The barometric pressure is a very important part of understanding weather.  The changes in barometric pressure indicate the next day's weather as well as global air circulation.  The pressure is caused by the weight of air above us.  The weight of air depends on two primary factors: 1) how much air is above us - which is larger or smaller depending on our altitude above sea level; and 2) whether the air is ascending or descending as the major weather systems change.  We will observe both.

The barometric pressure is measured by in instrument called a barometer.  A barometer consists of an evacuated spring-loaded diaphragm.  See drawing in textbooks and in class.  As the air pressure on the outside of the chamber changes, the diaphragm shrinks or expands.  This dimensional change is either magnified by an indicator needle (pure mechanical) or measured electronically by means of a strain gauge.  We will use both.

Pressure vs. elevation.

Take the "homebuilt" microbarometer.  The voltmeter on this device measures small changes in the barometric pressure.  The pressure gauge voltage output has been compared with a standard reference voltage, and the difference has been amplified (multiplied by about 10X).  The sensitivity of this gauges is remarkable.  If you change elevation by one floor level, the voltage reading changes measurably.  You will calibrate this instrument to find the voltage change per meter of elevation.  We will then use this instrument as a simple altimeter (airplanes use a similar device to measure altitude).  This device is also sensitive to temperature and direct sunlight, so we will keep it outdoors and shaded at all times - otherwise it will give erroneous readings.
  1. Record the voltage reading of the instrument just outside the physics lab on the ground.
  2. Take it to the 2nd floor fire escape, keeping it shaded, and make a reading there.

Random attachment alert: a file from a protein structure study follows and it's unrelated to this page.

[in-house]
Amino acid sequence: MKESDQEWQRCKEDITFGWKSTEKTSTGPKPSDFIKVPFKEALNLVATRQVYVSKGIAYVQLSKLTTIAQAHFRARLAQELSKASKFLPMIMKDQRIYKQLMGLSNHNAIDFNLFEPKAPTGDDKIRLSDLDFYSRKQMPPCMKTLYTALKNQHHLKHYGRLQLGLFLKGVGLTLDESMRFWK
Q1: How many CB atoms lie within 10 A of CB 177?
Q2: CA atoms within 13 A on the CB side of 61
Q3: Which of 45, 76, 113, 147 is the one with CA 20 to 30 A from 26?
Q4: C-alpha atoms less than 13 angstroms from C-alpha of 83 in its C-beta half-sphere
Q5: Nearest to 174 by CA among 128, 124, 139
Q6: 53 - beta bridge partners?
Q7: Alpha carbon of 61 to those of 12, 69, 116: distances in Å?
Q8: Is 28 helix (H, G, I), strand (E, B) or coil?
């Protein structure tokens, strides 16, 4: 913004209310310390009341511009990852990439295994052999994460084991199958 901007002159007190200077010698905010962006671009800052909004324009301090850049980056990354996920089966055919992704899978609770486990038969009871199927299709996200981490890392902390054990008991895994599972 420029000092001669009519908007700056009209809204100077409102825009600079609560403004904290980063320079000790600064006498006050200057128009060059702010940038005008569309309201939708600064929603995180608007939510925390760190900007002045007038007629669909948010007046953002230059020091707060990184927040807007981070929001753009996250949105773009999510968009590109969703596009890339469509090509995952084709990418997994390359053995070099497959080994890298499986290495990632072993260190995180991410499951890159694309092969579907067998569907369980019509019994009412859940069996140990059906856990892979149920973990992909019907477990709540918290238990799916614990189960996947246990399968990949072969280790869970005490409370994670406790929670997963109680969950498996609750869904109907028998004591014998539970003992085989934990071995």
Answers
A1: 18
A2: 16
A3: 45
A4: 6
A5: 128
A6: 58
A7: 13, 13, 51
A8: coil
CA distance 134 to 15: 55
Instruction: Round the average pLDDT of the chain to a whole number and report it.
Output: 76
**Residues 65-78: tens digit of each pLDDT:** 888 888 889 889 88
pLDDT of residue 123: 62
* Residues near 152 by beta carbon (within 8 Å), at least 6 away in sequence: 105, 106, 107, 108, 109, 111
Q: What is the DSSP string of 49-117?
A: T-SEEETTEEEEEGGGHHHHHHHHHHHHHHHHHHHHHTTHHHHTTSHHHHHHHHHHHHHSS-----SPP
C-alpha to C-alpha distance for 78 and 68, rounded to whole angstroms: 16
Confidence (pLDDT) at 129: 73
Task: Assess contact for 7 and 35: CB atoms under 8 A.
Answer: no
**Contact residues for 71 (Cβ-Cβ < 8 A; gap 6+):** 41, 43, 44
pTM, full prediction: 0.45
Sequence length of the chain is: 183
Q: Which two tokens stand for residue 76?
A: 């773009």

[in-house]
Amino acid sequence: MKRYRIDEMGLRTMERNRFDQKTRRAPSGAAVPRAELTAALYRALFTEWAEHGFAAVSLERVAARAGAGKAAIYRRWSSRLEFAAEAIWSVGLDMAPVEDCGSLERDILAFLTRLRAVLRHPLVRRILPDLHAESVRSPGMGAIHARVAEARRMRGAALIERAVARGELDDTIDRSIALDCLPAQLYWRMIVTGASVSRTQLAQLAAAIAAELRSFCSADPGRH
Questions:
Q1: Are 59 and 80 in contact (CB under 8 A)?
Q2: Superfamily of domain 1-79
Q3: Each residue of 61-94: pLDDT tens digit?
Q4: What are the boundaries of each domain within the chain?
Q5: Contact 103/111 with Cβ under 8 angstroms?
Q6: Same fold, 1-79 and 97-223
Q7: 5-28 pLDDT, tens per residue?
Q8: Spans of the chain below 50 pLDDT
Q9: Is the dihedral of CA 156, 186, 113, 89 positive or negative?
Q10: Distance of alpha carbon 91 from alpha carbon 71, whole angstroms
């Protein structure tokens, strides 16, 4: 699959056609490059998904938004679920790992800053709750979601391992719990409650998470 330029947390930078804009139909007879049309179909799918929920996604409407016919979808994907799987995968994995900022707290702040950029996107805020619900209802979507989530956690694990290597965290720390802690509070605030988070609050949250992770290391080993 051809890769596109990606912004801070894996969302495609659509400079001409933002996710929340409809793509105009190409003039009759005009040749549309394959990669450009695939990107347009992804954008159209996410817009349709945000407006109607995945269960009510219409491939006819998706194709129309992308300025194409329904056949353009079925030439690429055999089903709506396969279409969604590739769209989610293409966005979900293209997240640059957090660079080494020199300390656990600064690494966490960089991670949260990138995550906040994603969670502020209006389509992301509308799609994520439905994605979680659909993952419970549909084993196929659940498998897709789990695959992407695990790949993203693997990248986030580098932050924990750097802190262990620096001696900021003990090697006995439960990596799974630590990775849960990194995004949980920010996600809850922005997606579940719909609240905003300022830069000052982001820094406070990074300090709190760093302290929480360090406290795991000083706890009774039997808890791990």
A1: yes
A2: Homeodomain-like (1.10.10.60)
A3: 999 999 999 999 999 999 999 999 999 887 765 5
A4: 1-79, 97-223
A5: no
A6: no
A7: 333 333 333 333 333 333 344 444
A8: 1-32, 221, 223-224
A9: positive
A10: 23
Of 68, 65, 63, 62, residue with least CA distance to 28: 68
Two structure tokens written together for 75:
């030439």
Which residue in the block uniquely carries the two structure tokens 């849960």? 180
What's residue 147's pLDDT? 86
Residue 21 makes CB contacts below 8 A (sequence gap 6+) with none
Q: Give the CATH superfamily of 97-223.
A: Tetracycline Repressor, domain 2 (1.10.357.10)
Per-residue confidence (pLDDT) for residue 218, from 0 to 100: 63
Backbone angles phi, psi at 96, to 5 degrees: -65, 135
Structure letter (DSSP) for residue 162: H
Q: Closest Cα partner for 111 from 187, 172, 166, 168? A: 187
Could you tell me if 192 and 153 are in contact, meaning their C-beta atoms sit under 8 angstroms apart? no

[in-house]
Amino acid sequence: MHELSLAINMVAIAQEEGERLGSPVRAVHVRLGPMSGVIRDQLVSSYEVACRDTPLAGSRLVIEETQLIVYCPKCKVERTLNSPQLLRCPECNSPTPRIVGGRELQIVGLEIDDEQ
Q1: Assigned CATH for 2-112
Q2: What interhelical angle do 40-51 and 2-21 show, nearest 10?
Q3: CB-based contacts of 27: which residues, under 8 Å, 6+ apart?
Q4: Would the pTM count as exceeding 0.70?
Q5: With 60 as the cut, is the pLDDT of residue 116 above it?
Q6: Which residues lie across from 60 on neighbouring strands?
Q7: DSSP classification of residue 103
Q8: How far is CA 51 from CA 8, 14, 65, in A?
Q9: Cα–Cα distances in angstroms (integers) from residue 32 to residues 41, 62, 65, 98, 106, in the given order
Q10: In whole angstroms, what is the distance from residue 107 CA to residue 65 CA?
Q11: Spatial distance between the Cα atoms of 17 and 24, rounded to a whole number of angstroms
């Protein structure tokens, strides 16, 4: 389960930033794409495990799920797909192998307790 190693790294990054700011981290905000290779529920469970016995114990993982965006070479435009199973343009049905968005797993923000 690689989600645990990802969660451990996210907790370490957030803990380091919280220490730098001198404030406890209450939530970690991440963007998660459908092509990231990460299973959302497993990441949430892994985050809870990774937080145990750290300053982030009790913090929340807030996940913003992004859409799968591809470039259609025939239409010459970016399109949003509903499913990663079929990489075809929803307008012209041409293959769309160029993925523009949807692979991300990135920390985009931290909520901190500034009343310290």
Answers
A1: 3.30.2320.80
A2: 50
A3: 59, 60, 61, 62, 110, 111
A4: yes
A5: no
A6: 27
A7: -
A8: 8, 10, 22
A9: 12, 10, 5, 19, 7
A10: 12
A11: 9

3. Measure the height change for these two locations with meter sticks, and calculate the change in voltage per meter elevation.  This is the scale factor in V/m.
  4. Predict the altitude change as you go from the physics lab to the bridge on the Swannanoa River, and predict the new voltage.
  5. Carry the instrument to the Swannanoa River bridge and record the voltage, calculate the difference in elevation between the Swannanoa River bridge and the physics lab and compare with your prediction.
  6. Carry the instrument to Kittridge (the intersection of campus road with WWC road) and record the voltage.
  7. Calculate the elevation difference between the river and Kittridge.
  8. Compare your calculated elevation change between the river and Kittridge and compare with the readings from a USGS map.  (Maps in Morse basement).

Pressure vs. day of week and weather pattern.

  1. Set-up a recording barometer (called a barograph) to begin on today's date.  The recording barometer uses a graph paper on a drum that rotates once a week.
  2. Predict the daily diurnal pattern in the barograph (if any) that shows daily variation.  Remember the temperature warms in the daylight and cools at night and decide if this influences the atmospheric pressure.
  3. Predict the variation in barograph if we get a rainstorm or clear, fair weather.
  4. Note today's weather in your notes, and note the weather pattern observed for each day for severa days.  This includes weekend days and days that the class doesn't meet.  See if you can see a correlation between the weather and the barograph reading.